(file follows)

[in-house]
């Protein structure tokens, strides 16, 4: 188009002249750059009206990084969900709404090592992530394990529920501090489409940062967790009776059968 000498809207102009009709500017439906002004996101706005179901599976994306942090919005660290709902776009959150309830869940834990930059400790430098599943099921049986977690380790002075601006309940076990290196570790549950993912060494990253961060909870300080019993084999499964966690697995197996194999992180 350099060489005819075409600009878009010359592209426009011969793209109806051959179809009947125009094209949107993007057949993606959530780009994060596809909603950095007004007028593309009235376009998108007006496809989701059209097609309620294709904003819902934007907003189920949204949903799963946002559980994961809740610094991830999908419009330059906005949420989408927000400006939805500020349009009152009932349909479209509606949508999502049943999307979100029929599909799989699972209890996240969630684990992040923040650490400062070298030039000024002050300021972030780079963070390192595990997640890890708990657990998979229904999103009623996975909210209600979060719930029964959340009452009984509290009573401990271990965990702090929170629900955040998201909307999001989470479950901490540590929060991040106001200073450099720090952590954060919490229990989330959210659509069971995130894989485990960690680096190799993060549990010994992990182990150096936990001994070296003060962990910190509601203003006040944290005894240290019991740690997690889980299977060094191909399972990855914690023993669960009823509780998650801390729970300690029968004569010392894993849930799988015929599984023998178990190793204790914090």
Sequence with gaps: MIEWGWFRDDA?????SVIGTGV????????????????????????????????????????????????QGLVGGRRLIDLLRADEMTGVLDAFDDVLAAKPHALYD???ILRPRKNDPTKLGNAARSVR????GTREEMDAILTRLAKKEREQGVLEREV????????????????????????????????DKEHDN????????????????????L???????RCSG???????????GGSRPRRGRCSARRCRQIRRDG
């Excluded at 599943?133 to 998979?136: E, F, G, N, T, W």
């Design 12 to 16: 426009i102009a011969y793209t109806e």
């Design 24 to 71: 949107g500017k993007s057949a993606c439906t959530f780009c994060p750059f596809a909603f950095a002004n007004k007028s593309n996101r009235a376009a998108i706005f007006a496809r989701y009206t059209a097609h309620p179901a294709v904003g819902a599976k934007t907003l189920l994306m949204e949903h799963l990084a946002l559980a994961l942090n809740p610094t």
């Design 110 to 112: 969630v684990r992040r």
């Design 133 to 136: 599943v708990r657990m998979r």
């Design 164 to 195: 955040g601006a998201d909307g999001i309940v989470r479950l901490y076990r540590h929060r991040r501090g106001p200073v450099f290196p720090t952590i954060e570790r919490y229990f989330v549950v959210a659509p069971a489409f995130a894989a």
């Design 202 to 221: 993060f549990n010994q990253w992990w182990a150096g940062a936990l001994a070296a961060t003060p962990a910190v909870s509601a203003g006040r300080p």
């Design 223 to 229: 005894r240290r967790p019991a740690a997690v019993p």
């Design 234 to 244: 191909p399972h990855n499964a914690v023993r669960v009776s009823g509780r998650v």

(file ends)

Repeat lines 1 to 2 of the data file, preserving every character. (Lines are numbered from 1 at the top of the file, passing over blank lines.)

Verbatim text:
[in-house]
């Protein structure tokens, strides 16, 4: 188009002249750059009206990084969900709404090592992530394990529920501090489409940062967790009776059968 000498809207102009009709500017439906002004996101706005179901599976994306942090919005660290709902776009959150309830869940834990930059400790430098599943099921049986977690380790002075601006309940076990290196570790549950993912060494990253961060909870300080019993084999499964966690697995197996194999992180 350099060489005819075409600009878009010359592209426009011969793209109806051959179809009947125009094209949107993007057949993606959530780009994060596809909603950095007004007028593309009235376009998108007006496809989701059209097609309620294709904003819902934007907003189920949204949903799963946002559980994961809740610094991830999908419009330059906005949420989408927000400006939805500020349009009152009932349909479209509606949508999502049943999307979100029929599909799989699972209890996240969630684990992040923040650490400062070298030039000024002050300021972030780079963070390192595990997640890890708990657990998979229904999103009623996975909210209600979060719930029964959340009452009984509290009573401990271990965990702090929170629900955040998201909307999001989470479950901490540590929060991040106001200073450099720090952590954060919490229990989330959210659509069971995130894989485990960690680096190799993060549990010994992990182990150096936990001994070296003060962990910190509601203003006040944290005894240290019991740690997690889980299977060094191909399972990855914690023993669960009823509780998650801390729970300690029968004569010392894993849930799988015929599984023998178990190793204790914090």